Don't look inside if you're hoping to find any modern luxury features.
Even though BMW has yet to reveal the M2 CS, it almost feels as if the car has already been released and is roaming the streets snuffing out the hopes and dreams of AMGs and even its own relative, the M4. That may be because we’ve recently caught the car testing in what appears to be a camouflaged production-ready body, complete with muscular lines and carbon fiber used to make the hood, roof, mirror caps, and gurney flap.
Or maybe it’s because many of the allegedly finalized specs for the M2 CS have already been leaked out, including the 450 horsepower its engine will supposedly to send to the rear wheels, the six-speed manual and seven-speed dual clutch gearbox options, or even the Active M Suspension that will apparently be on the production car.
And though we still have yet to see how the car will actually drive, the M2 CS already feels about as familiar to us as the M2. But what we hadn't seen until now is the car’s interior. Thanks to our spy photographers’ wits, however, that last M2 CS secret is now on display for the world to see.
Because this M2 CS test mule wears a dark interior color scheme, our initial impression is to say that BMW seems to have put business first and comfort and pleasure second on the M2 CS' list of priorities. This car’s interior is not just spartan, it’s painfully dull. The only real pieces of eye candy are the M colored-stitching seen on the M seats and center console and a red starter button to the right of the steering wheel.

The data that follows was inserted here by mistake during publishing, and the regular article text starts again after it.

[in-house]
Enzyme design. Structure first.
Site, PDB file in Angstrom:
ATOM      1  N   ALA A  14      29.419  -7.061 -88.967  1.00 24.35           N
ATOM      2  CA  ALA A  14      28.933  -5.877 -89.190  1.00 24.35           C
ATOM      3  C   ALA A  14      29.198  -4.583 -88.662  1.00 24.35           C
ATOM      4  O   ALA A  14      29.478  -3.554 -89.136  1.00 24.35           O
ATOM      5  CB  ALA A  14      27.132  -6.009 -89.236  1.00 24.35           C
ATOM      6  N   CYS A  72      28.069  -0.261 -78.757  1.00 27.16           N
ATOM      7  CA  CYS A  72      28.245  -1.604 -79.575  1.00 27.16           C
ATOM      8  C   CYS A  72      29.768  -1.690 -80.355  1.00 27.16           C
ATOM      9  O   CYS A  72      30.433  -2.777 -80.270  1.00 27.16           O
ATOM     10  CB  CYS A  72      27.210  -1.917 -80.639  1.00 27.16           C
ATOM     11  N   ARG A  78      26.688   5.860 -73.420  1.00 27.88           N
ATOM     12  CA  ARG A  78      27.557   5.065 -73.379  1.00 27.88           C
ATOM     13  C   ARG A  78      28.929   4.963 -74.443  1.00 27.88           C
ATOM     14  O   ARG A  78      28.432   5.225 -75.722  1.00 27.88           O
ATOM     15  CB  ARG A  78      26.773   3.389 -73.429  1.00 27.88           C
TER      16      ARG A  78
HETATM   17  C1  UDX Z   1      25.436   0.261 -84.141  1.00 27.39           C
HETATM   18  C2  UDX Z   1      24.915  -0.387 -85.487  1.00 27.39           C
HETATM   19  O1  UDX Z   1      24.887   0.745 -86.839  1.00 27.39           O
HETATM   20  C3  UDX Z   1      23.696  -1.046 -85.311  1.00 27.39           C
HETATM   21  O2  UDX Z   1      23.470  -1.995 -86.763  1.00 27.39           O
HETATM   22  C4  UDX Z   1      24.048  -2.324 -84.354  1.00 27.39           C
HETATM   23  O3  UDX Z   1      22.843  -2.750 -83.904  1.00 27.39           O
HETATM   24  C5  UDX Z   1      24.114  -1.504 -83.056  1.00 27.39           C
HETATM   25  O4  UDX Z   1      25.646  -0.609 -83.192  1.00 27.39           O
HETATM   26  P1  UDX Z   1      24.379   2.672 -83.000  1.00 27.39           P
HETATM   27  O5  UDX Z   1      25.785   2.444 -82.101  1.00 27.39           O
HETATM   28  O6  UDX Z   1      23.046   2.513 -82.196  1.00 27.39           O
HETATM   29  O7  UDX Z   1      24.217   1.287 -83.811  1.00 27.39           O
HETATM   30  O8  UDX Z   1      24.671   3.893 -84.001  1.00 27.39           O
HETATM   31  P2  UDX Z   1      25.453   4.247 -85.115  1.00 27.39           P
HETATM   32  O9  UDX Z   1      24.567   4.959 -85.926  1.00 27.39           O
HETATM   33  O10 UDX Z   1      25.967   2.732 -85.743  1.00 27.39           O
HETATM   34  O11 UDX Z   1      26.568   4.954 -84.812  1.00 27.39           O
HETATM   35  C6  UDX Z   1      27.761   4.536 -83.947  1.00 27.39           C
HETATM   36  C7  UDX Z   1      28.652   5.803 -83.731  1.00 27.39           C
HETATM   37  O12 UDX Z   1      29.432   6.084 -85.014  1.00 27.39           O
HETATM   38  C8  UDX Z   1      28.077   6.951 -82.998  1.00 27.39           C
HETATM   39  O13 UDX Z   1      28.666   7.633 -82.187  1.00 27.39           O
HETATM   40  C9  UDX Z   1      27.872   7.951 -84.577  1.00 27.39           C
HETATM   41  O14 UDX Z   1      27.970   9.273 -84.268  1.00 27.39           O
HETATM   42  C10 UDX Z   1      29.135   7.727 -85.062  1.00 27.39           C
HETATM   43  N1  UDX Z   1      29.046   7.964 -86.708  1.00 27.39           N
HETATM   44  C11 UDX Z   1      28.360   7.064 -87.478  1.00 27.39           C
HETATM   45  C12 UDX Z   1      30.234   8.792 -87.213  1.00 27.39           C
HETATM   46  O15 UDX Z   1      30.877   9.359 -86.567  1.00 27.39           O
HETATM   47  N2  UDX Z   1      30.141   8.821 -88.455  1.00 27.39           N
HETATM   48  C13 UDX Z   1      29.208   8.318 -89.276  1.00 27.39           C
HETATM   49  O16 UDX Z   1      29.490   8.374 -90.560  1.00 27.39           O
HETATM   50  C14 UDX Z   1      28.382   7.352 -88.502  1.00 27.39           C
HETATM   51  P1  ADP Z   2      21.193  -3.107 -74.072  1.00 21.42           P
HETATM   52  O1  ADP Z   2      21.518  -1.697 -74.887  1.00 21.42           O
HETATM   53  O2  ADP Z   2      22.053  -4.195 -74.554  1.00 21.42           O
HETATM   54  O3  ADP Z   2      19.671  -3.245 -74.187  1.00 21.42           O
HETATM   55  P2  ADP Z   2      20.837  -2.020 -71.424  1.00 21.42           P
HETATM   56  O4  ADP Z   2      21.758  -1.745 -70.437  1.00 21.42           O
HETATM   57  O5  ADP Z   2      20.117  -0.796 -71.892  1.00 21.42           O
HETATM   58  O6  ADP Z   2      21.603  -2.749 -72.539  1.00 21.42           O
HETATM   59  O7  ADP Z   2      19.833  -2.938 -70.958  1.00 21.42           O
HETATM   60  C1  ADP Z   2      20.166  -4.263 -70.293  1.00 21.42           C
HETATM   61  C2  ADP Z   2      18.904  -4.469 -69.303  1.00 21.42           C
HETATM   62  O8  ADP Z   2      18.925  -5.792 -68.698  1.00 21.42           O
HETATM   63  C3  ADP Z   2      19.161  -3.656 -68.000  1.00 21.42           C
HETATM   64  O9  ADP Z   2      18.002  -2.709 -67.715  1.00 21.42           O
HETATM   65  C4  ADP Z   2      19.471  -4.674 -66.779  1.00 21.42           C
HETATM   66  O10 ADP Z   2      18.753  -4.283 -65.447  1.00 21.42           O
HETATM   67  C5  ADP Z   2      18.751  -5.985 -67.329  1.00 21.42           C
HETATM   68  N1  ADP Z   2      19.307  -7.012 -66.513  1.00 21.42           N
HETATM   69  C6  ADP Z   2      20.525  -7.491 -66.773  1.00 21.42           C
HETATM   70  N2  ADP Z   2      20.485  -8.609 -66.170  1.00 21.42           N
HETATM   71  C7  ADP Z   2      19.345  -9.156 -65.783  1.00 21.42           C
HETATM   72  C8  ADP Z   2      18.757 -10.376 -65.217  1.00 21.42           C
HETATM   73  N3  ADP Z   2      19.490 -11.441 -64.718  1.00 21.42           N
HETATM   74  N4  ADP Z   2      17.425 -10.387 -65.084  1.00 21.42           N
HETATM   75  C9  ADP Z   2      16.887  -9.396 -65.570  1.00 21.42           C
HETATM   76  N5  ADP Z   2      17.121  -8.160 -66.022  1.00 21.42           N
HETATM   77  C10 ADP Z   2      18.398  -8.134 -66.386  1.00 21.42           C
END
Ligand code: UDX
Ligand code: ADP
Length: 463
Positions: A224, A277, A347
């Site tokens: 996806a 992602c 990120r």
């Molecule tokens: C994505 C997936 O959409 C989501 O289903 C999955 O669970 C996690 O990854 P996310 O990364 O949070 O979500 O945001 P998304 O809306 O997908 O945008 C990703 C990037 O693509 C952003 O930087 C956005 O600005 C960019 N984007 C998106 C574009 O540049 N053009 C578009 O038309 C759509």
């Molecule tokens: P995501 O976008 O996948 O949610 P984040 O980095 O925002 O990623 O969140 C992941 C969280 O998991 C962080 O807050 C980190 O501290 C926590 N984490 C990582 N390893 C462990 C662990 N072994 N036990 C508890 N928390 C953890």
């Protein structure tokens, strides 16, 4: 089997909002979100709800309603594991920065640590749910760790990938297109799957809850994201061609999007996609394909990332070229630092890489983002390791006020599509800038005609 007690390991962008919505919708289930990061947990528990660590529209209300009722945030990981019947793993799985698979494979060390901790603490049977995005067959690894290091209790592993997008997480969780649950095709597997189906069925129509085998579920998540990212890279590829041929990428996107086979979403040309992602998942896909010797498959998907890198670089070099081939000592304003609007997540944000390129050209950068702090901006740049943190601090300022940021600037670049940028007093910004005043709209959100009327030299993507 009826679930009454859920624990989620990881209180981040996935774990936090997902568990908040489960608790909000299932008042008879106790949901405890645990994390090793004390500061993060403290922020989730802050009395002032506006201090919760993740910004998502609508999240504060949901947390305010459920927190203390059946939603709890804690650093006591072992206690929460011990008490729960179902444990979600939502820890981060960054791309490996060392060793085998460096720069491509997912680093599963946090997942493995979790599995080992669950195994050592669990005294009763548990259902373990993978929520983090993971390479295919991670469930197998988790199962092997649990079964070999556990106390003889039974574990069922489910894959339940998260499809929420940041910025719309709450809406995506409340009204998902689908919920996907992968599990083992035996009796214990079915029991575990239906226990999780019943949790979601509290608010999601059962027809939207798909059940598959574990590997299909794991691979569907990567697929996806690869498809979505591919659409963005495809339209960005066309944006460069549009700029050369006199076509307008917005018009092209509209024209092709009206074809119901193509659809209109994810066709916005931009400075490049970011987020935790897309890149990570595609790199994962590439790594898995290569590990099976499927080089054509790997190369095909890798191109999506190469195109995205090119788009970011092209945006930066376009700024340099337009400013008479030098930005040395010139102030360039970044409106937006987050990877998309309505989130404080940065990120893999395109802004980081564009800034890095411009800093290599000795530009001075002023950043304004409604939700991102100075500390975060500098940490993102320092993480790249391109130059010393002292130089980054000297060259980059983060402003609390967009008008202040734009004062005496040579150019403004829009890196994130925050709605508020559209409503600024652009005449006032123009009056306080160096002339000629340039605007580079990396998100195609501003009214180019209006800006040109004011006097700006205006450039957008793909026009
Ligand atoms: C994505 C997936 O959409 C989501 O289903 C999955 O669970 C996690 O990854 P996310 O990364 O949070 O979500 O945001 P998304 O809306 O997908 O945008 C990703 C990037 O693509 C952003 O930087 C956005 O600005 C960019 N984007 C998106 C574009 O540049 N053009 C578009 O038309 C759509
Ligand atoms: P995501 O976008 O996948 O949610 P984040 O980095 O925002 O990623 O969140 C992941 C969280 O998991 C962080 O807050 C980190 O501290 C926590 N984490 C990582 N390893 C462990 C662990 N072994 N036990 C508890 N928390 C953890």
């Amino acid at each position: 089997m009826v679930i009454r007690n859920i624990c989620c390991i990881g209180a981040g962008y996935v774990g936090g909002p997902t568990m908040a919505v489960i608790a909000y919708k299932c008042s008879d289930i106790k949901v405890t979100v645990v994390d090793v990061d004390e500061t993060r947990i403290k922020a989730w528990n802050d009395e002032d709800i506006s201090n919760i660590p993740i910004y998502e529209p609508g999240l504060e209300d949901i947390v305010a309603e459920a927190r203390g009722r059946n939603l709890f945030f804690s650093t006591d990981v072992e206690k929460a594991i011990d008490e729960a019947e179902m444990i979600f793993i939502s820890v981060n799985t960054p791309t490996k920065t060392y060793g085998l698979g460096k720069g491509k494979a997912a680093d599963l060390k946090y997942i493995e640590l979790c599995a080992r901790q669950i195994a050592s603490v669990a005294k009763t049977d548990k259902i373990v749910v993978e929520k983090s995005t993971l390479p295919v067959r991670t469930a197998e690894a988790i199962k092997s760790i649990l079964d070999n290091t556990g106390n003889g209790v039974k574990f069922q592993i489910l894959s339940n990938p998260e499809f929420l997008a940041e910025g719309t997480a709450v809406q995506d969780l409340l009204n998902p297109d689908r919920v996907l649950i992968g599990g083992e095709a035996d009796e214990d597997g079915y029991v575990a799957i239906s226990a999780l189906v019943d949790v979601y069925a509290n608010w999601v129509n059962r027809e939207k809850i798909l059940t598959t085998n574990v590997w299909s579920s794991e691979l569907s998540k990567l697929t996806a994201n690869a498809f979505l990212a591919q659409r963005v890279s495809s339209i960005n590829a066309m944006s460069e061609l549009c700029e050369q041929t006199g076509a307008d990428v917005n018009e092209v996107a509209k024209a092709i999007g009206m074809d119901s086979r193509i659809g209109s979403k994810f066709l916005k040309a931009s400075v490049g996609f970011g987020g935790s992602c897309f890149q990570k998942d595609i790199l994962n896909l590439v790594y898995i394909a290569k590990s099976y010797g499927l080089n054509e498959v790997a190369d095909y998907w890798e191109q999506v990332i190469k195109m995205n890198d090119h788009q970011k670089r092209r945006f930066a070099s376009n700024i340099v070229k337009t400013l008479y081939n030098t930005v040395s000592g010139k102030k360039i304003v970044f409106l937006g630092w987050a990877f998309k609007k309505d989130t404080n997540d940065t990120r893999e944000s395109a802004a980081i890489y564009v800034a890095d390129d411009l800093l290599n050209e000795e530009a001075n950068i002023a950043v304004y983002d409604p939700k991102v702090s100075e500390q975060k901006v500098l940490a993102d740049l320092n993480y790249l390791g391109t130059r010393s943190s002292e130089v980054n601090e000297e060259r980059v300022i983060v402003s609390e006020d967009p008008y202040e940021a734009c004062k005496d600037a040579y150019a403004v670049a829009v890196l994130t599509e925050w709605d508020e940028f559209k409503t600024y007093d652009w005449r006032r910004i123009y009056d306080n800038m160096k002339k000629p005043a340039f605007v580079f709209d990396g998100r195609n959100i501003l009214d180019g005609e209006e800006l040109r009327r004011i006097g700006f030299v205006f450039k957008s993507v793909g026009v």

Aside from that, the M2 CS’ cabin looks dated, boasting the look of the current 2 Series that's been on sale since 2014. Other than the stitching, the only real difference seems to be the Alcantara wrapping on the steering wheel, which will likely be an optional feature when the M2 CS goes on sale in 2020 after its September reveal at the Frankfurt Auto Show.
When the M2 CS does hit the market, expect it to be highly limited, with only 2,200 units rumored to be available. The car could be followed by a lightweight version of the M2 bearing the CSL moniker, marking the end of the F22 2 Series before its replacement hits the reveal stage.